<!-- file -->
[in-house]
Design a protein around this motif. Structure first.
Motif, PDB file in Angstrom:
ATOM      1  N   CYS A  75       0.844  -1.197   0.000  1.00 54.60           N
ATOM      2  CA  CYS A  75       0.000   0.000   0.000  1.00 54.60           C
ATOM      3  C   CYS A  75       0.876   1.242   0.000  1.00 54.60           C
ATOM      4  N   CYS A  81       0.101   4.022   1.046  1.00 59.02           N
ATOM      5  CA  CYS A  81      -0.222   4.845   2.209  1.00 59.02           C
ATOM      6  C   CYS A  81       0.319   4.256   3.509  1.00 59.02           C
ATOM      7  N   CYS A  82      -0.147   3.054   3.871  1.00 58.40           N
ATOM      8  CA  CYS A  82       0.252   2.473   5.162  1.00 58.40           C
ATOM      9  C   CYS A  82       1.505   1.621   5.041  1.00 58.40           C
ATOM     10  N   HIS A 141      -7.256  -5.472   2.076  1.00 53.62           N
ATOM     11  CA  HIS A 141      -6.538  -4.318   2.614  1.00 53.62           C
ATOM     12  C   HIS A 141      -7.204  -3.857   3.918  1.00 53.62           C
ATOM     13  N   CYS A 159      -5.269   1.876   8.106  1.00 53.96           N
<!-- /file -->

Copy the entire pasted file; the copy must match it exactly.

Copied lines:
[in-house]
Design a protein around this motif. Structure first.
Motif, PDB file in Angstrom:
ATOM      1  N   CYS A  75       0.844  -1.197   0.000  1.00 54.60           N
ATOM      2  CA  CYS A  75       0.000   0.000   0.000  1.00 54.60           C
ATOM      3  C   CYS A  75       0.876   1.242   0.000  1.00 54.60           C
ATOM      4  N   CYS A  81       0.101   4.022   1.046  1.00 59.02           N
ATOM      5  CA  CYS A  81      -0.222   4.845   2.209  1.00 59.02           C
ATOM      6  C   CYS A  81       0.319   4.256   3.509  1.00 59.02           C
ATOM      7  N   CYS A  82      -0.147   3.054   3.871  1.00 58.40           N
ATOM      8  CA  CYS A  82       0.252   2.473   5.162  1.00 58.40           C
ATOM      9  C   CYS A  82       1.505   1.621   5.041  1.00 58.40           C
ATOM     10  N   HIS A 141      -7.256  -5.472   2.076  1.00 53.62           N
ATOM     11  CA  HIS A 141      -6.538  -4.318   2.614  1.00 53.62           C
ATOM     12  C   HIS A 141      -7.204  -3.857   3.918  1.00 53.62           C
ATOM     13  N   CYS A 159      -5.269   1.876   8.106  1.00 53.96           N